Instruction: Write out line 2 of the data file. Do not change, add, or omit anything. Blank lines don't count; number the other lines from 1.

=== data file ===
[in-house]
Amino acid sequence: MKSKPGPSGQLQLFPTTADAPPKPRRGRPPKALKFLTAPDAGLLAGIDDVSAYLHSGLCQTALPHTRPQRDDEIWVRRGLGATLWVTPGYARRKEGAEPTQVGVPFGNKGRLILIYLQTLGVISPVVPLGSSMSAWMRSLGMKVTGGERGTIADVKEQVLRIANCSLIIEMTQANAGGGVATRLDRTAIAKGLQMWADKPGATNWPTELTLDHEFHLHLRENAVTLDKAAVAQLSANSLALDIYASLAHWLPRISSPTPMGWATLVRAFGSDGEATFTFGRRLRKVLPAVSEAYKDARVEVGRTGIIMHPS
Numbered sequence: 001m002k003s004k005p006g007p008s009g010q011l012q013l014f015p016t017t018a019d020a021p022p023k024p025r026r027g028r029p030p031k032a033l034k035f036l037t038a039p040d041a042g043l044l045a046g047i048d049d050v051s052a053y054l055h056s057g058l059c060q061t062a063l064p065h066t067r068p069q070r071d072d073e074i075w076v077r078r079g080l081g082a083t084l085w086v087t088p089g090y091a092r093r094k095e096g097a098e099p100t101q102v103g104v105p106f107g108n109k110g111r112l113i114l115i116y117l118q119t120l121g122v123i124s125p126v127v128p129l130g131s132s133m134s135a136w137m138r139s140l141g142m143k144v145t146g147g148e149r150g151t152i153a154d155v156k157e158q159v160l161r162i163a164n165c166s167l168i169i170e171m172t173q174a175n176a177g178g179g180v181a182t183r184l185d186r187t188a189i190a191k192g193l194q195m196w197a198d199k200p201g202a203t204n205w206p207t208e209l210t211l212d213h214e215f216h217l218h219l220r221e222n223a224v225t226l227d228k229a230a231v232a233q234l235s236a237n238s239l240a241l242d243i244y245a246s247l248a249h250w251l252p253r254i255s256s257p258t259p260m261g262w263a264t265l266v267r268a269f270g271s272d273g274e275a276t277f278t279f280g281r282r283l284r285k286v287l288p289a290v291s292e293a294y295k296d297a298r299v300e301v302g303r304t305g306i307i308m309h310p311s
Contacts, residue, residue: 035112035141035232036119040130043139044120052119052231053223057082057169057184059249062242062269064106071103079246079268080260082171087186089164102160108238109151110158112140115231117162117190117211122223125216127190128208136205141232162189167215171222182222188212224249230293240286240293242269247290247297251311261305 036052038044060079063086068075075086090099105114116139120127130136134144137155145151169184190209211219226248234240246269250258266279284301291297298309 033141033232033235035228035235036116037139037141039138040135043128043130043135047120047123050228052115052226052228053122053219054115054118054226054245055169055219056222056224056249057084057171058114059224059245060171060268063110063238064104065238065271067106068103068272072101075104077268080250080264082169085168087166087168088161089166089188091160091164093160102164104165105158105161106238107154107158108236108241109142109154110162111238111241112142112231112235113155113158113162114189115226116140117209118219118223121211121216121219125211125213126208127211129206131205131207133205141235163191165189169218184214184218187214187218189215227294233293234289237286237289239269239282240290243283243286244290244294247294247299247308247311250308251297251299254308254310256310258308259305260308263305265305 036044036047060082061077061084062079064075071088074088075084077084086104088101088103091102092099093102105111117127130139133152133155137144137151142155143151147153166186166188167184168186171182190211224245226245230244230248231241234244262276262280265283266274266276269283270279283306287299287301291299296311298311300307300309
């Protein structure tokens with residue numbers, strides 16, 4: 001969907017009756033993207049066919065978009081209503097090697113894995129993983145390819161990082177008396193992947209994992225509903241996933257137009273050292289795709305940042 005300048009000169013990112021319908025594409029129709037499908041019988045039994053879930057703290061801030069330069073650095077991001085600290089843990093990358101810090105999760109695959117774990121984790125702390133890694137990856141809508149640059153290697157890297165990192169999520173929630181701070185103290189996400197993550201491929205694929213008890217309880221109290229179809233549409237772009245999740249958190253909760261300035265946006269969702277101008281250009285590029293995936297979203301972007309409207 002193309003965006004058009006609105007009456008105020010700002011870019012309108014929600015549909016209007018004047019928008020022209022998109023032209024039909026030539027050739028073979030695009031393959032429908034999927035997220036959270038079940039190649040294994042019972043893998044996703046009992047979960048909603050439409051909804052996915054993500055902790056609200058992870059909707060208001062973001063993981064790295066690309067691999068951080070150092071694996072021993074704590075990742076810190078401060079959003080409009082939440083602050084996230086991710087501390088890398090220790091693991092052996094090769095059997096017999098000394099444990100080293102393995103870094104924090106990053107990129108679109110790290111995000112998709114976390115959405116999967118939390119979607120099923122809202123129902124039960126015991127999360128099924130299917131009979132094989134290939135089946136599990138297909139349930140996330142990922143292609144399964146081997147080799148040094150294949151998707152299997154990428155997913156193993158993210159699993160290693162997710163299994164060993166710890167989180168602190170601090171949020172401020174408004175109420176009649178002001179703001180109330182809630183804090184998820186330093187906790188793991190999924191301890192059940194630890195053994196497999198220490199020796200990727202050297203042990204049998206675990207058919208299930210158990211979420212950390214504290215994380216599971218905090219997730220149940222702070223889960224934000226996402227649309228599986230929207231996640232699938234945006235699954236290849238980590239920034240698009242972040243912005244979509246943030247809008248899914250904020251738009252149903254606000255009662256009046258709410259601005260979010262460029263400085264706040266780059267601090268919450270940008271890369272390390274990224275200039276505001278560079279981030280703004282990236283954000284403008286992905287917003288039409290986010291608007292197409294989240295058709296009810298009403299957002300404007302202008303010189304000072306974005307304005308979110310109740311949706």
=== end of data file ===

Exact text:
Amino acid sequence: MKSKPGPSGQLQLFPTTADAPPKPRRGRPPKALKFLTAPDAGLLAGIDDVSAYLHSGLCQTALPHTRPQRDDEIWVRRGLGATLWVTPGYARRKEGAEPTQVGVPFGNKGRLILIYLQTLGVISPVVPLGSSMSAWMRSLGMKVTGGERGTIADVKEQVLRIANCSLIIEMTQANAGGGVATRLDRTAIAKGLQMWADKPGATNWPTELTLDHEFHLHLRENAVTLDKAAVAQLSANSLALDIYASLAHWLPRISSPTPMGWATLVRAFGSDGEATFTFGRRLRKVLPAVSEAYKDARVEVGRTGIIMHPS